Kelly Hogan & the Pine Valley Cosmonauts Beneath the Country Underdog (Bloodshot)
Beneath the Country Underdog (Bloodshot)
Reviewed by Jerry Renshaw, Fri., June 2, 2000
Kelly Hogan & the Pine Valley Cosmonauts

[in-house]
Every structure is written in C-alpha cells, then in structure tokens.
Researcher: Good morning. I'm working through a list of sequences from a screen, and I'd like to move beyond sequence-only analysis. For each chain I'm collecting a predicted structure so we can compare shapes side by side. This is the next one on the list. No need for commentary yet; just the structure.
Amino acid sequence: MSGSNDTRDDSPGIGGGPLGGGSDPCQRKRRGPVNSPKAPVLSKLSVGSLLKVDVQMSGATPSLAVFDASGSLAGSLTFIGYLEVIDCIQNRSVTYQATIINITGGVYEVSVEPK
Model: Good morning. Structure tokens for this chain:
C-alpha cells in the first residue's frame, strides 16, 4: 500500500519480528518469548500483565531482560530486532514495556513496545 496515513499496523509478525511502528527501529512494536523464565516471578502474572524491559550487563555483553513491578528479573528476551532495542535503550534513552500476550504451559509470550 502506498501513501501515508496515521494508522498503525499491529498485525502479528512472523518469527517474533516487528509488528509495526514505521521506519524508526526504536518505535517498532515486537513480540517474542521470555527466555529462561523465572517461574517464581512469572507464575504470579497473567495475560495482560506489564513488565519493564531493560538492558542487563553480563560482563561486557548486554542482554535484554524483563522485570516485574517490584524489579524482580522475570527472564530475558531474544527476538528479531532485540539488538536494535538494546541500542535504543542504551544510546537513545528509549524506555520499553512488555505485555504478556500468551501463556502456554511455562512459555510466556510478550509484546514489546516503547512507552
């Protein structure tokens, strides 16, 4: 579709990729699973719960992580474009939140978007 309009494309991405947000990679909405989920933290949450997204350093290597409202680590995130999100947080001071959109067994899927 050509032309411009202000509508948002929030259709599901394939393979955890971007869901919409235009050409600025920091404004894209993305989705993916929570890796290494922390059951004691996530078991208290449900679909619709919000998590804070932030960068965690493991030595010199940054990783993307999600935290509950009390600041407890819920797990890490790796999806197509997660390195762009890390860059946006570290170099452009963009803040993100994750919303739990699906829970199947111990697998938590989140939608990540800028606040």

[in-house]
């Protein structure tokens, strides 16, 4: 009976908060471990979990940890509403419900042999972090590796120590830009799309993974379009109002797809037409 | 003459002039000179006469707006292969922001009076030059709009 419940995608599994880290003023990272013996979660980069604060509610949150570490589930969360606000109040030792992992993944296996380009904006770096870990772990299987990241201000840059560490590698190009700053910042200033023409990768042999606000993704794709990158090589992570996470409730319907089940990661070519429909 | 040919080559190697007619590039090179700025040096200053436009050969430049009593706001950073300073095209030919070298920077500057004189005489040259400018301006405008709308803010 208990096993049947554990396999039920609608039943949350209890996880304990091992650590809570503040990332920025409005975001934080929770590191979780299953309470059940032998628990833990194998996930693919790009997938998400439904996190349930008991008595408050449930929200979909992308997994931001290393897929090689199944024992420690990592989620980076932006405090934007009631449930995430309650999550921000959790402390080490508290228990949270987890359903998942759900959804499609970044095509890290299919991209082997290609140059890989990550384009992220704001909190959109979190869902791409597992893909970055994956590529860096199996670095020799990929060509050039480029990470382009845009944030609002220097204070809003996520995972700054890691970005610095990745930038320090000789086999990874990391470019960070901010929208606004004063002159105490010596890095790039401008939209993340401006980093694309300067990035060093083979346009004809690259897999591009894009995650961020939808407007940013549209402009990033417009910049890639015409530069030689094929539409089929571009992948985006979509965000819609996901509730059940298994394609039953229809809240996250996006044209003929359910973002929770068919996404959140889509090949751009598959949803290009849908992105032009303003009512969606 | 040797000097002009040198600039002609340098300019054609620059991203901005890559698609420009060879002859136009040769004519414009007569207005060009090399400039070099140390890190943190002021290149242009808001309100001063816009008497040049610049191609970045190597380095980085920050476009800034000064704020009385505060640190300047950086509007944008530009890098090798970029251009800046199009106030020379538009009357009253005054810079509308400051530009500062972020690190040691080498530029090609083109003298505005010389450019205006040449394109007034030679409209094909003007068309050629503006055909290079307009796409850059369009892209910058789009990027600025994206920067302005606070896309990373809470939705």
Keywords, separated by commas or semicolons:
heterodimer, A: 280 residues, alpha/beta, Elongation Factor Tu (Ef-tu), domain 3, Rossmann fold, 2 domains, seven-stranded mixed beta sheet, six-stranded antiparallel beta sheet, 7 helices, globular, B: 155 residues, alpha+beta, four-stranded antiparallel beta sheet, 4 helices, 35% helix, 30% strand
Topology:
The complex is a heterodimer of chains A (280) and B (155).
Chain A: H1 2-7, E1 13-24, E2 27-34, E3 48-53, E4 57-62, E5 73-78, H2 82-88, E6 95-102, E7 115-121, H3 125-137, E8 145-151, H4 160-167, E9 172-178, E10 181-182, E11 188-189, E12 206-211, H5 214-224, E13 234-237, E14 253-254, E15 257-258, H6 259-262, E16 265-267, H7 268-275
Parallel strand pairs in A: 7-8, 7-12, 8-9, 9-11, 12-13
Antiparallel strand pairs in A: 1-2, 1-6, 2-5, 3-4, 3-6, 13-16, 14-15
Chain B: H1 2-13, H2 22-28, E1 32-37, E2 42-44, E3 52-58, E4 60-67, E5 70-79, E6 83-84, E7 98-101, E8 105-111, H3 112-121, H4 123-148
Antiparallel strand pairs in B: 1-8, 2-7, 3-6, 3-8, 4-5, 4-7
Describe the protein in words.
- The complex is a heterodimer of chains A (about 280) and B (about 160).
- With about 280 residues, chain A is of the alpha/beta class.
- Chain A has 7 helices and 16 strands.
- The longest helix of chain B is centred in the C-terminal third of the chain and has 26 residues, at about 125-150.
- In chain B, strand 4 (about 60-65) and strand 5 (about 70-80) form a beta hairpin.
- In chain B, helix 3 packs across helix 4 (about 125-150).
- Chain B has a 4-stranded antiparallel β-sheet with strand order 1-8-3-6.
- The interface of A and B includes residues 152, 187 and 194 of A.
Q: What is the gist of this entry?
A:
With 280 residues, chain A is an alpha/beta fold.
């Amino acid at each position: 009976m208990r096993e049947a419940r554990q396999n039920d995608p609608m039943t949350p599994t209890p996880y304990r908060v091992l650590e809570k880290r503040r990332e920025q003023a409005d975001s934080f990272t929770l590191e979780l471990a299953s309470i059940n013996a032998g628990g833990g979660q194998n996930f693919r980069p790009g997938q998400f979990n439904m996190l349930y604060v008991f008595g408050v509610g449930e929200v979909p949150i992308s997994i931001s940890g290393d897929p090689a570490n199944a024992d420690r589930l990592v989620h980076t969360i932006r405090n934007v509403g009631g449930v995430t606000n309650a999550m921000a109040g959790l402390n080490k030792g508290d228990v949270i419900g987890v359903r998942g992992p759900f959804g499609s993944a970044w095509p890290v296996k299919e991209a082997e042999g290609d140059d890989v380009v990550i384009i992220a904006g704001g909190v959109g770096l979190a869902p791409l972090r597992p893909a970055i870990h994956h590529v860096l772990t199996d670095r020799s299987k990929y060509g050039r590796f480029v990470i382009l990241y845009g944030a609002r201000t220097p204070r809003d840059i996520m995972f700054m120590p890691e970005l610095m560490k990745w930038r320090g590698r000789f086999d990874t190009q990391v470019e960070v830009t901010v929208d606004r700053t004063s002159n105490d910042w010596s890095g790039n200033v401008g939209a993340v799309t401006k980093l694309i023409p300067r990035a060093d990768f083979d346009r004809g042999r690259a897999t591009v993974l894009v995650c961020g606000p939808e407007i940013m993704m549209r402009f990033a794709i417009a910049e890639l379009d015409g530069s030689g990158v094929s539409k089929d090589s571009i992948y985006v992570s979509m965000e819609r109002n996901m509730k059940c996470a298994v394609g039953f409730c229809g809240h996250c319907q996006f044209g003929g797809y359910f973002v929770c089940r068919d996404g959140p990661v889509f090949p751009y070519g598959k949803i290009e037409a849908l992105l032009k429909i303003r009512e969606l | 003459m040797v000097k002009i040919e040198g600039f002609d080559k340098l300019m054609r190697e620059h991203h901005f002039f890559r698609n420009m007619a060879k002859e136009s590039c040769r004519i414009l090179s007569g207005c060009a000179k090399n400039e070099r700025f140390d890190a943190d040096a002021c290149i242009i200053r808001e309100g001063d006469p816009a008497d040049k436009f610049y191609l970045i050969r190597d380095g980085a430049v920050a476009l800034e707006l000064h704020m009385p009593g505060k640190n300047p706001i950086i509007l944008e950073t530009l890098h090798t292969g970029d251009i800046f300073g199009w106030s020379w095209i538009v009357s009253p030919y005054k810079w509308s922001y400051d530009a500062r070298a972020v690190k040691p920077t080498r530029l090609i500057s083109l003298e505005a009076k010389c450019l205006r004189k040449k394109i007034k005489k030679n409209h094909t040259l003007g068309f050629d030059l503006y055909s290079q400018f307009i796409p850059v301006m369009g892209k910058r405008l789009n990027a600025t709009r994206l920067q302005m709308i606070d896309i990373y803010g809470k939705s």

Beneath the Country Underdog (Bloodshot)Ever been with your significant other, holed up in a Motel 6 on a cross-country trip, and feeling like it was time to make friends with a bottle of Early Times to settle your nerves after driving all damn day? This CD in the jambox would be just the ticket. Former Jody Grinder and Rock*A*Teen Kelly Hogan moved to Chicago and alt.country beacon Bloodshot a while back, with interesting results. Hogan's voice is supple and evocative, but can also go from 0 to 100 with surprising alacrity. The Hoganauts rock out on opener "(It's A Mighty Thin Line) Between Love And Hate," but much of the rest of this disc has an early-Seventies Nashville country-pop feel. That's not meant as a pejorative; the reverb-y production, background vocals, horns, keyboards, and smooth feel give it a soulful edge that stands out from much of the Bloodshot stable. Case in point: Hogan pulls off a letter-perfect remake of Freddie Hart's monster country hit, "Easy Loving." The duet "Wild Mountain Berries," on the other hand, calls to mind Delaney & Bonnie. "Crackers Rule" is a moody, detached take on the inside of a barroom that wanders from honky-tonk heritage. Much of Country Underdog can't rightly be called "country" or "alt.country" or whatever, but who cares? Hogan's vocal chops allow her to take on about anything and pull it off convincingly.